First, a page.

PhD in Applied Mathematics

The primary emphases in the doctoral program in applied mathematics are applied mathematics, statistics and applied mathematics-physics.


Admission to the PhD program in applied mathematics requires completion of an undergraduate degree in mathematics, statistics or physics, including coursework in advanced calculus, linear algebra, numerical methods, and either modern algebra or mechanics, electromagnetism and quantum physics. A grade point average of 3.250 in coursework in mathematics, statistics and physics is required, as well as an overall GPA of 3.000 overall (3.250 if the student has a previous master’s degree). The GRE subject test in mathematics or physics is recommended but not required.

Program Requirements 

To complete the PhD program in applied mathematics, the student must satisfy the course, language and residency requirements given below; pass the qualifying and preliminary examinations; and write a dissertation containing original research in statistics, applied mathematics-physics or applied mathematics.

Course Requirements

A total of at least 84 hours of graduate credit is required. The following courses may not be included:

Course Title Hours
MATH 757Partial Differential Equations for Engineers3
MATH 758Complex and Vector Analysis for Engineers3
PHYS 730Computational Methods for Physics3
PHYS 761Environmental Physics3
Mathematics, statistics and physics courses numbered below 700

At least 36 credit hours must be in mathematics, statistics and physics courses numbered above 800 (exclusive of MATH 985, STAT 986 and PHYS 987). Courses used toward a master’s degree may be included. A maximum of 36 credit hours may be transferred from another university at the discretion of the student’s committee.

Course Title Hours
Required Courses
MATH 743Real Analysis I3
MATH 751Numerical Linear Algebra3
MATH 985PhD Dissertation (As determined by specialization)18
or STAT 986 PhD Dissertation
or PHYS 987 PhD Dissertation
Track Options
Select one of the following options27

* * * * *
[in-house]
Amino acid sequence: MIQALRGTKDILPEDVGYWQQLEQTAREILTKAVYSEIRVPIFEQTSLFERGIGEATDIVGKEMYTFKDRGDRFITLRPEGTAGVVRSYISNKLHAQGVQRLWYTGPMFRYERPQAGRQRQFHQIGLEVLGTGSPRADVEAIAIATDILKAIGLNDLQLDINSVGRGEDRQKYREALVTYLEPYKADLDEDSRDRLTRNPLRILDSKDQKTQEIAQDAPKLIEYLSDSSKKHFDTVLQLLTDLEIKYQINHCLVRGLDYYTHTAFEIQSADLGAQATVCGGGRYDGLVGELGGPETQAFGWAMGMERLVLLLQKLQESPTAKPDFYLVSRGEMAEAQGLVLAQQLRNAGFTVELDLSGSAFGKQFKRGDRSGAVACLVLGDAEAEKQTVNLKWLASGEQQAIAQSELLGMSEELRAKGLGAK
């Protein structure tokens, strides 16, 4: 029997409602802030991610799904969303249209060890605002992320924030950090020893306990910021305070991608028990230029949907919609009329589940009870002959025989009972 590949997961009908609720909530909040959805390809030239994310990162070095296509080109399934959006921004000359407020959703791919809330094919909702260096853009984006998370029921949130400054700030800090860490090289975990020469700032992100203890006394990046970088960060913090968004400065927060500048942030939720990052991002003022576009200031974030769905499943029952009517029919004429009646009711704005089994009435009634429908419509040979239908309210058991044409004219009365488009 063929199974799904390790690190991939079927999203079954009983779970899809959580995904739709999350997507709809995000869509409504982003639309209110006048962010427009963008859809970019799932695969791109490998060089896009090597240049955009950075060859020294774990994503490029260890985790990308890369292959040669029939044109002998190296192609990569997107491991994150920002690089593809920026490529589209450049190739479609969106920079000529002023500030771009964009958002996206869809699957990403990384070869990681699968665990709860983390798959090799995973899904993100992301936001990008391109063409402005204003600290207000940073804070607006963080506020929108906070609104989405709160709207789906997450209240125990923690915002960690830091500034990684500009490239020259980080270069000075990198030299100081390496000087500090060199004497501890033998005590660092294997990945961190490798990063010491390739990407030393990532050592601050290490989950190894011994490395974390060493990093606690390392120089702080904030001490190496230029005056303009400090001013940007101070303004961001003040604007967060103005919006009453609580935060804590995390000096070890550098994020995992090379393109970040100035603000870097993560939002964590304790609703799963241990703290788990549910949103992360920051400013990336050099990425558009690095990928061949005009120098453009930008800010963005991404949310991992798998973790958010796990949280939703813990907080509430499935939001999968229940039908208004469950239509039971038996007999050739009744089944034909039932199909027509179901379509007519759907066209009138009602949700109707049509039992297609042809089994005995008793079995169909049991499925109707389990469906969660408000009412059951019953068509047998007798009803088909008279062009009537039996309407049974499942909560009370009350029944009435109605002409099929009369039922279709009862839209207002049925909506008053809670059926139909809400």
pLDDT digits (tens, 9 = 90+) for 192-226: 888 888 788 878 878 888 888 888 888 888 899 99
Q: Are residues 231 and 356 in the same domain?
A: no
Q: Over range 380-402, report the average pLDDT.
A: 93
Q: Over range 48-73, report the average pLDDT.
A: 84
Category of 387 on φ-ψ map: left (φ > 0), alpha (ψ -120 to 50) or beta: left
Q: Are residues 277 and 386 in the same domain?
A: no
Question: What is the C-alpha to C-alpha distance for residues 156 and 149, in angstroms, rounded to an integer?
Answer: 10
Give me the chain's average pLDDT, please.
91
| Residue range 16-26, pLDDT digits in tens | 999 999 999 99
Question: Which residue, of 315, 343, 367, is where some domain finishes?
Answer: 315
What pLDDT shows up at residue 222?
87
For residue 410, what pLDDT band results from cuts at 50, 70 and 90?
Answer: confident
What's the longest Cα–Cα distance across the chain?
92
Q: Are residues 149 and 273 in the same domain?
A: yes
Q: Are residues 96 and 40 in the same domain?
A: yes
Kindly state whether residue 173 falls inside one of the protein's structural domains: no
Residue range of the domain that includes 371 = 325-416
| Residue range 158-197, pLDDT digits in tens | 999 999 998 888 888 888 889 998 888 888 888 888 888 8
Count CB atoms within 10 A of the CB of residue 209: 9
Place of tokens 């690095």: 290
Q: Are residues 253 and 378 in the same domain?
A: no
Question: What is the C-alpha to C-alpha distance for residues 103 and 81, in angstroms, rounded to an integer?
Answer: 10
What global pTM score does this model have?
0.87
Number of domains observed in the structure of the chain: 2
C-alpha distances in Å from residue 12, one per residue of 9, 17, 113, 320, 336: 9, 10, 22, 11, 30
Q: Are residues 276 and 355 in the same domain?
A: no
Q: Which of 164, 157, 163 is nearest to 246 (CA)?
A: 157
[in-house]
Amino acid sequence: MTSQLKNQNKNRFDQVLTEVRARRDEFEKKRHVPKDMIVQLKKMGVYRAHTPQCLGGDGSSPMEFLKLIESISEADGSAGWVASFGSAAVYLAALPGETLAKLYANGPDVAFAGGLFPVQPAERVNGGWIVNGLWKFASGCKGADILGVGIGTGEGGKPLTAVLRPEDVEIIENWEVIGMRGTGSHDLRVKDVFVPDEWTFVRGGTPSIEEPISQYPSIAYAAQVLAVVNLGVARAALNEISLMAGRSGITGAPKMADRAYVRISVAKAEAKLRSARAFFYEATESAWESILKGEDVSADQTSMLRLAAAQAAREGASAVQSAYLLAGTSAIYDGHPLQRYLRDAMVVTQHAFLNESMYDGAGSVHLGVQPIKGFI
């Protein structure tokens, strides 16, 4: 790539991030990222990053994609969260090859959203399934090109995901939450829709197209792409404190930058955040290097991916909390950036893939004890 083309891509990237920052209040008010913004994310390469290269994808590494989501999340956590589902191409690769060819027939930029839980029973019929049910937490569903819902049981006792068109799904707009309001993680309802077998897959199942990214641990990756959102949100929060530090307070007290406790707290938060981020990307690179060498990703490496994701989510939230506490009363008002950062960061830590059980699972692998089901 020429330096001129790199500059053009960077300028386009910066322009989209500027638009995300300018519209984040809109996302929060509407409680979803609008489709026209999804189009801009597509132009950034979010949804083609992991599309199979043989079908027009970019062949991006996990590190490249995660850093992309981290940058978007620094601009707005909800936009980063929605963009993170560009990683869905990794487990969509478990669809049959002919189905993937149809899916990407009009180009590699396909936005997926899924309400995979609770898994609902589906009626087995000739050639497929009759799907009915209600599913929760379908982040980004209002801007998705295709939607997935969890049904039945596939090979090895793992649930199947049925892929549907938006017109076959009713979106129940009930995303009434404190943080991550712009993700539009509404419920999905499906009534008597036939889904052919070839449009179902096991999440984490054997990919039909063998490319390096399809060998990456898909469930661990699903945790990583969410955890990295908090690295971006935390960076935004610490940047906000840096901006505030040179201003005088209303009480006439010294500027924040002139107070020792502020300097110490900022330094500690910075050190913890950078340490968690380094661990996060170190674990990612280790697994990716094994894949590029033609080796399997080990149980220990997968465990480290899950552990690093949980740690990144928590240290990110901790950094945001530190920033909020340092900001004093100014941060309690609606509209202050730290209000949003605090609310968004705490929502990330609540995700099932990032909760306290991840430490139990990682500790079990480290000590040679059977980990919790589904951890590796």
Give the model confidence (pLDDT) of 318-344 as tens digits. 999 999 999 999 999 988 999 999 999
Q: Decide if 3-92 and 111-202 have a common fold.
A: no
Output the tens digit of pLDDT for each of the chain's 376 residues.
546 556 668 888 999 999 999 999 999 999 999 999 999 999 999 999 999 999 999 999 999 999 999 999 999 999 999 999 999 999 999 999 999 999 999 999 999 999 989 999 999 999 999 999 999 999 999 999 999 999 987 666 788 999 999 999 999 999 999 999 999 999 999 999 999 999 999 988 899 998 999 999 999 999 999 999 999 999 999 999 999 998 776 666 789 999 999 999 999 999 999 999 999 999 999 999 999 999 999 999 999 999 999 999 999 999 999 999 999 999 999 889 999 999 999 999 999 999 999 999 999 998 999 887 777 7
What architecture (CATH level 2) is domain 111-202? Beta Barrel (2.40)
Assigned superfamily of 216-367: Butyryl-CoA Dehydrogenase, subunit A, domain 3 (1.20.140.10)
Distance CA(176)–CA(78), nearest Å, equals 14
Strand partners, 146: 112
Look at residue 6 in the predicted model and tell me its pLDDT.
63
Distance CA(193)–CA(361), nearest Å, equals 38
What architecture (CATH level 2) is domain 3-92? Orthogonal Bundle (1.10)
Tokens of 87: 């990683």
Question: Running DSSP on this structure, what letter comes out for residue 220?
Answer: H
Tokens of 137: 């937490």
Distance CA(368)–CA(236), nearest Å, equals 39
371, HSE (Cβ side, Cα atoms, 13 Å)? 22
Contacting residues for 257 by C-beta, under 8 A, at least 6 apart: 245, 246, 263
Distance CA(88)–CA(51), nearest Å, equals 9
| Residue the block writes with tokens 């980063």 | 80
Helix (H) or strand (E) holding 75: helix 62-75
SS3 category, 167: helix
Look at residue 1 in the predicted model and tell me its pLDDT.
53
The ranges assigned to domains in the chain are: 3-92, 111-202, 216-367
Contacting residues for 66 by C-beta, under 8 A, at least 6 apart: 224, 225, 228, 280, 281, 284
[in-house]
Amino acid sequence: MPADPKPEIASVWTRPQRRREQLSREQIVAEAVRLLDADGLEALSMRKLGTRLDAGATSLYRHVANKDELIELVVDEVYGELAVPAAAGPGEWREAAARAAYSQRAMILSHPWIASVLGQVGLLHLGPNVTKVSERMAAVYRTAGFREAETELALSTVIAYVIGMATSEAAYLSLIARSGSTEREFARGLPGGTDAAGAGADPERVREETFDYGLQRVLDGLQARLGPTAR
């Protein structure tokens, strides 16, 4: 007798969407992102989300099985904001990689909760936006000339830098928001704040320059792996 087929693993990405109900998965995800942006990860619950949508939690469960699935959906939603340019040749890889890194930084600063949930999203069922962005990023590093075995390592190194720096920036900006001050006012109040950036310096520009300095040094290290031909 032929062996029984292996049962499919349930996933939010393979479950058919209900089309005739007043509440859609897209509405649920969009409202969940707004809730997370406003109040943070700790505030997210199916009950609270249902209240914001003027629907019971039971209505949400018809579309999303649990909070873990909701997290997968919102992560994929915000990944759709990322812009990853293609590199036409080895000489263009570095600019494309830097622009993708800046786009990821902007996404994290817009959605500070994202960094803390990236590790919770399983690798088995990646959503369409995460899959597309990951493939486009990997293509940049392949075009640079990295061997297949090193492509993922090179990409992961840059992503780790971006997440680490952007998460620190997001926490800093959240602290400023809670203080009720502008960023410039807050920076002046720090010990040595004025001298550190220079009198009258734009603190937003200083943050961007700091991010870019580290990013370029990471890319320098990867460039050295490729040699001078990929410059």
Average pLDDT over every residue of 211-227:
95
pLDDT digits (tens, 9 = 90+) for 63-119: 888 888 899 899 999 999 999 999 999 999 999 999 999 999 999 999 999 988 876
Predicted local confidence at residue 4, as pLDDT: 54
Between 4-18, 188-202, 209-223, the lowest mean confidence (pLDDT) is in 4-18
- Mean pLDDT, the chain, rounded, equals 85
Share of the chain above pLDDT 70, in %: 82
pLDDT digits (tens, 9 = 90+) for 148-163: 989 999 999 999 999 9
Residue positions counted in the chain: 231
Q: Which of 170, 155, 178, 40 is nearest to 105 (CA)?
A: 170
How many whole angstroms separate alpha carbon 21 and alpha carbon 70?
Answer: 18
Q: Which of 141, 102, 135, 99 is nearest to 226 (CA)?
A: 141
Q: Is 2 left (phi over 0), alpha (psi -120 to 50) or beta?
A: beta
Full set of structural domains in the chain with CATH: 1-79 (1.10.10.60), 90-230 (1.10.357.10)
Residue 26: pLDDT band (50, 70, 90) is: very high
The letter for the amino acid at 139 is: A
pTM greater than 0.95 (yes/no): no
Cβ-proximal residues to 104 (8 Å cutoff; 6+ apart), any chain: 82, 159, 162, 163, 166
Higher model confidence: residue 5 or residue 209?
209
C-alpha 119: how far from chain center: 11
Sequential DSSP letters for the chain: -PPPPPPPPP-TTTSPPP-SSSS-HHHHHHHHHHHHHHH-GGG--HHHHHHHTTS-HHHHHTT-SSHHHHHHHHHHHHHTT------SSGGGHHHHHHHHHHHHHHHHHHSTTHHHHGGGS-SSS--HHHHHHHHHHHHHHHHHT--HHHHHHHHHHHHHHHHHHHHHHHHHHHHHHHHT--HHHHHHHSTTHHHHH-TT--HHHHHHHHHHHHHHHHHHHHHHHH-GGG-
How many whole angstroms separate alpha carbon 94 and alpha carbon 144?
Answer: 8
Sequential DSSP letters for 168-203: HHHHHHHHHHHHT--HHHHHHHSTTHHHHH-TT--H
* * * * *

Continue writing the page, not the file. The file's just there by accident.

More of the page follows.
Option 1 - Applied Mathematics Track
Real Analysis II
Complex Analysis I
and Complex Analysis II
Partial Differential Equations I
and Partial Differential Equations II
Applied Functional Analysis I
and Applied Functional Analysis II
Topology I
and Topology II
Numerical Analysis of Partial Differential Equations
Abstract Algebra II
Theoretical Physics
Abstract Algebra I
Option 2 - Statistics Track
Theory of Statistics I
and Theory of Statistics II
Real Analysis II
Theory of Probability I
and Theory of Probability II
Theory of Statistical Inference I
and Theory of Statistical Inference II
Theory of Linear Models I
and Theory of Linear Models II
Option 3 - Physics Track
Theoretical Physics
Classical Mechanics
Classical Electricity and Magnetism
Quantum Mechanics
Advanced Quantum Mechanics
Methods in Experimental Physics
Applied Regression Analysis
Select two physics specialty subject classes from the following
Statistical Mechanics
Elementary Particles & Fields
Solid State Physics
Advanced Astrophysics
Additional Courses
Select at least 33 additional graduate credit hours (may include 6 excess dissertation hours with departmental approval)33
Total Credit Hours84

Professional and Scholarly Integrity Training Requirement

Students are required to take and pass the following four Collaborative Institutional Training Initiative (CITI) modules for the physical sciences: research misconduct; practices and responsible authorship; conflicts of interest and commitment; data acquisition, management sharing and ownership. This should be done during the first year as a student in the program.